In April 2000, the National Audit Office snarled at the National Lottery Charities Board. The watchdog suggested that between £67m (15 per cent) and £145m (32 per cent) of the money spent had gone on projects that had not provided, or were only partly providing, the planned level of service or activity. In 11 out of 132 cases, reports on the projects' progress were either more than a year late or still outstanding.
And so it goes on. But this year, the National Audit Office has also criticised the Lottery distributors for not throwing away their cash fast enough. Each distributor sets a target for how much money it wants to spend and how fast. Going by these self-set targets, the NAO said that, in total, they should have spent an extra £450m by now. That's money just languishing in their banks.
Whatever the Lottery distributors do, they are damned: damned if they spend money on projects that fail, damned if they don't spend money on certain types of project, and damned if they don't spend money fast enough.
All say they have learnt lessons from their failings. The Arts Council says it now looks much harder at the long-term viability of major projects and is rejecting outlandish and exaggerated schemes. The Community Fund was this year swallowed up by its fellow distributor, the New Opportunities Fund, in what was described as a "merger", to form the Big Lottery Fund. Its chief executive, Stephen Dunmore, says it now carries out random spot-checks on all funded projects, and a separate risk-based approach sends it scurrying to investigate those projects where early-warning sirens have sounded. And it now uses trusted partners such as the Countryside Commission and the British Trust for Conservation Volunteers to help manage and monitor smaller projects, rather than just passing on grants to local groups and leaving them to it.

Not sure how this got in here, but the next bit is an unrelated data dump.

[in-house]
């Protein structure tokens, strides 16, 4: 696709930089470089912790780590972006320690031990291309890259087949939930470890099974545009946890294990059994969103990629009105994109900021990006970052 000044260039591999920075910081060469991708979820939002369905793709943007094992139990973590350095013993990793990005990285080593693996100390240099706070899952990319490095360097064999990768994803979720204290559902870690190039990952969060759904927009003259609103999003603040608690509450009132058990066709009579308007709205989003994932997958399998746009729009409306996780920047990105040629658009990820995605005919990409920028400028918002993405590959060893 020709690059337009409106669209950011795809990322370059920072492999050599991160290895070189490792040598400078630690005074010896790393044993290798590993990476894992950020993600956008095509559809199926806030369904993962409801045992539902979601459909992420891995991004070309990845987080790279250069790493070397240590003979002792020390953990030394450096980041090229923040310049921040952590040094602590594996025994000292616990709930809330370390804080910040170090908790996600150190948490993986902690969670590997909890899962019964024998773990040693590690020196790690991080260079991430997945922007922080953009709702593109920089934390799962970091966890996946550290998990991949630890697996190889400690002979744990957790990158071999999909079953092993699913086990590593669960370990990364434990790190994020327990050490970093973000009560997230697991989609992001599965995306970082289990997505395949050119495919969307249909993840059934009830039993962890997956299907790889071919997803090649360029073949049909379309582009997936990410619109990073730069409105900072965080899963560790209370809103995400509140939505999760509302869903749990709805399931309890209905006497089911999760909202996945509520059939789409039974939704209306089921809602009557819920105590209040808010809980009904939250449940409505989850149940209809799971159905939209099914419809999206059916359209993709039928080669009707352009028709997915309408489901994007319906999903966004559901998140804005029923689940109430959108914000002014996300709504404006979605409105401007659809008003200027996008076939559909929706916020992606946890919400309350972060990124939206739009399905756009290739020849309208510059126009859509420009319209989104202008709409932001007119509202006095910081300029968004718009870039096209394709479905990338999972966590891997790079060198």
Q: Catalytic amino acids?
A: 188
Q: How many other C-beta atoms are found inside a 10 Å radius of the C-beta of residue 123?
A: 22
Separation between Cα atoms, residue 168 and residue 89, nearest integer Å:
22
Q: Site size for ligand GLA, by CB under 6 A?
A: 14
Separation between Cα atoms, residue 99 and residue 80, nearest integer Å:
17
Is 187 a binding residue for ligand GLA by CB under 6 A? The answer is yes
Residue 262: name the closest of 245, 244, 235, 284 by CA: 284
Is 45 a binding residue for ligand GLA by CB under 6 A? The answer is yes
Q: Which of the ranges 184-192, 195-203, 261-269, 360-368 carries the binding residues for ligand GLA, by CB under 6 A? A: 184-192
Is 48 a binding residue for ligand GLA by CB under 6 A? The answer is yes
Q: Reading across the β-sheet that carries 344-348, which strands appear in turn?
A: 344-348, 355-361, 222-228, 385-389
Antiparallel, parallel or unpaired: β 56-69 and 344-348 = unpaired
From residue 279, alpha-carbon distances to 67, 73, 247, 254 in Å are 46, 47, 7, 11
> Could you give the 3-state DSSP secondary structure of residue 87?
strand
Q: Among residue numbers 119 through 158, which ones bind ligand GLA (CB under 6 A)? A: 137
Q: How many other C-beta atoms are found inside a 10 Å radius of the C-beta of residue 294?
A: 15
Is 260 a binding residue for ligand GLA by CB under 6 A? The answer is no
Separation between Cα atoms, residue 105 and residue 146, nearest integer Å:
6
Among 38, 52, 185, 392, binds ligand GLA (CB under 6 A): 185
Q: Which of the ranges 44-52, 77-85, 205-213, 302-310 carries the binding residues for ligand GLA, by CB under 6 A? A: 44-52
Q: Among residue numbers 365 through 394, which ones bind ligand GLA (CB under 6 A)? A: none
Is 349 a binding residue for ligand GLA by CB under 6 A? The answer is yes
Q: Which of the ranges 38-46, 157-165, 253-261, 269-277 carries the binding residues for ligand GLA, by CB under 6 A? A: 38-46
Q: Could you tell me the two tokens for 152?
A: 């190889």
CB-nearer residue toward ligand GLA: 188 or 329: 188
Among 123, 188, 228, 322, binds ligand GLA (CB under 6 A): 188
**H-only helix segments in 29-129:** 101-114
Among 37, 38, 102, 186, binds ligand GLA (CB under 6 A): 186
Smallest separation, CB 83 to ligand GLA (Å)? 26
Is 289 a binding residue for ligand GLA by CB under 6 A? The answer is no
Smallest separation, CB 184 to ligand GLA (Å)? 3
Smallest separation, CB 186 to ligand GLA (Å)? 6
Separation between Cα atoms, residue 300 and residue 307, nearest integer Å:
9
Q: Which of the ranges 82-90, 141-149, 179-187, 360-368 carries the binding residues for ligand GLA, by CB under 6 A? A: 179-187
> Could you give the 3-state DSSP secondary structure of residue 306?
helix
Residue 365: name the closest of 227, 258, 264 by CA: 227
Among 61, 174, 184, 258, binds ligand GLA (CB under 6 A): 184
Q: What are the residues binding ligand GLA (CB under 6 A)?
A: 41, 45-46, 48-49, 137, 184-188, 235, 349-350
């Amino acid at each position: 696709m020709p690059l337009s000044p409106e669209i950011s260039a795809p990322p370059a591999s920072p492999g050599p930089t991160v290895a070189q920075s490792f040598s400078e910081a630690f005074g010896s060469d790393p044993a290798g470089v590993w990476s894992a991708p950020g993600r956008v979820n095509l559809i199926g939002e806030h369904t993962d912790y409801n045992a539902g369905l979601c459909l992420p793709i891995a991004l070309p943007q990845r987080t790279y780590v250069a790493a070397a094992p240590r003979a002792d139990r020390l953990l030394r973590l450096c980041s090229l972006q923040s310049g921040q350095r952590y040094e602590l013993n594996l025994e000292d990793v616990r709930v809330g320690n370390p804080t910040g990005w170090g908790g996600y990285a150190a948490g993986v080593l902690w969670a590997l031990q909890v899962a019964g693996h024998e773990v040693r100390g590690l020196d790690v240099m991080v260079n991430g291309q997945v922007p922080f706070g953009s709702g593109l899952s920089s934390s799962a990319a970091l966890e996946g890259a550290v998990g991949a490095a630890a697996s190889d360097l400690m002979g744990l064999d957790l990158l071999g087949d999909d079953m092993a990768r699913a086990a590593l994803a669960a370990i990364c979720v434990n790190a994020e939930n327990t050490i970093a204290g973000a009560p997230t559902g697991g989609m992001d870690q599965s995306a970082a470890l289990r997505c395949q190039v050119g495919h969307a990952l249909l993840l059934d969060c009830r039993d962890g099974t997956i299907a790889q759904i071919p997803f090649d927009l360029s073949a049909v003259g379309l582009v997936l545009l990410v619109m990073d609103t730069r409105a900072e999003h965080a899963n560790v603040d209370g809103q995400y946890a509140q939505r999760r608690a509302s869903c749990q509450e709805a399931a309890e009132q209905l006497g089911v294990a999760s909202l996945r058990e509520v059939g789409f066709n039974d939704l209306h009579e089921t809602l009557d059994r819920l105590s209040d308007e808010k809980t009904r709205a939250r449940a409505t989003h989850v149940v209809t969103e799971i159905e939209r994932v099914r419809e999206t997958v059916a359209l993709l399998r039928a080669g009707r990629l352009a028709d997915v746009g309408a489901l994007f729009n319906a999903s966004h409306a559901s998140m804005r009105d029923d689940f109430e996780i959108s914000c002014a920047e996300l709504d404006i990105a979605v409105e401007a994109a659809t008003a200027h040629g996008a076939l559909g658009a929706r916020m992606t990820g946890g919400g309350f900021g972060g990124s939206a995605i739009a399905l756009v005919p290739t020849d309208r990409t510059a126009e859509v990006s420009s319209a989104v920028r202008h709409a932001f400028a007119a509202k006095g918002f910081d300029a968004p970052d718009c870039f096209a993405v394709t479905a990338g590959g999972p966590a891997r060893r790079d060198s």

And the fund distributors now try to give a helping hand to organisations that, if left to their own devices, would never be trusted with a grant. The second National Lottery Act meant that, from 1998, the funders had to seek out organisations in parts of the country or from social or ethnic groups that had not received their fair share of funding under the earlier system. That had favoured white middle-class organisations with professionals experienced in putting together bids, working in partnership and lobbying at the right political levels. Dunmore says: "If anything, supporting groups who find applying difficult on their own mitigates against our risks."
The Millennium Commission, which will itself close in 2006, has ten projects still on the go. They include the Bernie Grant arts centre and the Stephen Lawrence technical centre. A spokeswoman said: "They are struggling. We are helping. Some of these communities don't have access to the skills or to the high-level support that can help drive these projects on. That can't be said of the Bath Spa. That should have opened, and we are disappointed."
And as she points out, the Lottery has funded 1,750,000 projects to the tune of £16bn and you have to take some risks. She adds: "The failures are way, way in the minority."